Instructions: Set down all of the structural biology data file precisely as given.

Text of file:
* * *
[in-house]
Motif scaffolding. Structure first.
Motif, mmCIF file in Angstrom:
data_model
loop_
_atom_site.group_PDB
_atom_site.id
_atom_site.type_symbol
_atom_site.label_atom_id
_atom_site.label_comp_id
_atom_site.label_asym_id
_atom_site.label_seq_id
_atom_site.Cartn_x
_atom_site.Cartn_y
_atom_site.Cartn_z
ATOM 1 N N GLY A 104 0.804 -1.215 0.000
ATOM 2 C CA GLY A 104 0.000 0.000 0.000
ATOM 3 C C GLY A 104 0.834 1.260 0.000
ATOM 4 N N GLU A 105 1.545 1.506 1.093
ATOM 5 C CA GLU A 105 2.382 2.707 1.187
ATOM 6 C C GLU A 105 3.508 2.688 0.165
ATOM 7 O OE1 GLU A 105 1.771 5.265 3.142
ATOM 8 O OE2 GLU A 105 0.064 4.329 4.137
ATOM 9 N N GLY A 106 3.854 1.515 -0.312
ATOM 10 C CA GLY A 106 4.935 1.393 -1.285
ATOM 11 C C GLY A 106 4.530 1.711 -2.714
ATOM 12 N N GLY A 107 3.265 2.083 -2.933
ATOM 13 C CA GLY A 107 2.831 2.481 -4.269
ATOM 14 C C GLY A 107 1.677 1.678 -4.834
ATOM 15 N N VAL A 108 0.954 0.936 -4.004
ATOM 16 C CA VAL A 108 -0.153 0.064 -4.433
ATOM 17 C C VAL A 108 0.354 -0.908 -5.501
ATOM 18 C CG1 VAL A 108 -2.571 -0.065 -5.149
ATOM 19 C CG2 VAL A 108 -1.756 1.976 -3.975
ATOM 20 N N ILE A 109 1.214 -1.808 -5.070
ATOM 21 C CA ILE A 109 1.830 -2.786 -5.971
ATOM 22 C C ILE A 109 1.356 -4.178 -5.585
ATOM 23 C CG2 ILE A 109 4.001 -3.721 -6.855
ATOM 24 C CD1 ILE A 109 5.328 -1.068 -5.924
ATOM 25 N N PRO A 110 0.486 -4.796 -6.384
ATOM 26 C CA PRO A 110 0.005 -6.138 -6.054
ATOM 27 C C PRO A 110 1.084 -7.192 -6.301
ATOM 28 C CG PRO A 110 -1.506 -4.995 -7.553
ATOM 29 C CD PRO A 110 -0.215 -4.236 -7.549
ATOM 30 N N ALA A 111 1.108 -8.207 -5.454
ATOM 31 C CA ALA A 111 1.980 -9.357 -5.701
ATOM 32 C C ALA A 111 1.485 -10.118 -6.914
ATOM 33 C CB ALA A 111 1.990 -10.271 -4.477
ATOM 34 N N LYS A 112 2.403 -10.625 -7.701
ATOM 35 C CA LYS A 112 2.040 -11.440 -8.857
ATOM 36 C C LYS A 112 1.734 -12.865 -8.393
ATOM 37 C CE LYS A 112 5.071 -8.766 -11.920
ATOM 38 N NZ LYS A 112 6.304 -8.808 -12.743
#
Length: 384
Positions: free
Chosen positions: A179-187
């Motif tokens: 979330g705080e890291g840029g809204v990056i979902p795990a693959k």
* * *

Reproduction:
[in-house]
Motif scaffolding. Structure first.
Motif, mmCIF file in Angstrom:
data_model
loop_
_atom_site.group_PDB
_atom_site.id
_atom_site.type_symbol
_atom_site.label_atom_id
_atom_site.label_comp_id
_atom_site.label_asym_id
_atom_site.label_seq_id
_atom_site.Cartn_x
_atom_site.Cartn_y
_atom_site.Cartn_z
ATOM 1 N N GLY A 104 0.804 -1.215 0.000
ATOM 2 C CA GLY A 104 0.000 0.000 0.000
ATOM 3 C C GLY A 104 0.834 1.260 0.000
ATOM 4 N N GLU A 105 1.545 1.506 1.093
ATOM 5 C CA GLU A 105 2.382 2.707 1.187
ATOM 6 C C GLU A 105 3.508 2.688 0.165
ATOM 7 O OE1 GLU A 105 1.771 5.265 3.142
ATOM 8 O OE2 GLU A 105 0.064 4.329 4.137
ATOM 9 N N GLY A 106 3.854 1.515 -0.312
ATOM 10 C CA GLY A 106 4.935 1.393 -1.285
ATOM 11 C C GLY A 106 4.530 1.711 -2.714
ATOM 12 N N GLY A 107 3.265 2.083 -2.933
ATOM 13 C CA GLY A 107 2.831 2.481 -4.269
ATOM 14 C C GLY A 107 1.677 1.678 -4.834
ATOM 15 N N VAL A 108 0.954 0.936 -4.004
ATOM 16 C CA VAL A 108 -0.153 0.064 -4.433
ATOM 17 C C VAL A 108 0.354 -0.908 -5.501
ATOM 18 C CG1 VAL A 108 -2.571 -0.065 -5.149
ATOM 19 C CG2 VAL A 108 -1.756 1.976 -3.975
ATOM 20 N N ILE A 109 1.214 -1.808 -5.070
ATOM 21 C CA ILE A 109 1.830 -2.786 -5.971
ATOM 22 C C ILE A 109 1.356 -4.178 -5.585
ATOM 23 C CG2 ILE A 109 4.001 -3.721 -6.855
ATOM 24 C CD1 ILE A 109 5.328 -1.068 -5.924
ATOM 25 N N PRO A 110 0.486 -4.796 -6.384
ATOM 26 C CA PRO A 110 0.005 -6.138 -6.054
ATOM 27 C C PRO A 110 1.084 -7.192 -6.301
ATOM 28 C CG PRO A 110 -1.506 -4.995 -7.553
ATOM 29 C CD PRO A 110 -0.215 -4.236 -7.549
ATOM 30 N N ALA A 111 1.108 -8.207 -5.454
ATOM 31 C CA ALA A 111 1.980 -9.357 -5.701
ATOM 32 C C ALA A 111 1.485 -10.118 -6.914
ATOM 33 C CB ALA A 111 1.990 -10.271 -4.477
ATOM 34 N N LYS A 112 2.403 -10.625 -7.701
ATOM 35 C CA LYS A 112 2.040 -11.440 -8.857
ATOM 36 C C LYS A 112 1.734 -12.865 -8.393
ATOM 37 C CE LYS A 112 5.071 -8.766 -11.920
ATOM 38 N NZ LYS A 112 6.304 -8.808 -12.743
#
Length: 384
Positions: free
Chosen positions: A179-187
């Motif tokens: 979330g705080e890291g840029g809204v990056i979902p795990a693959k």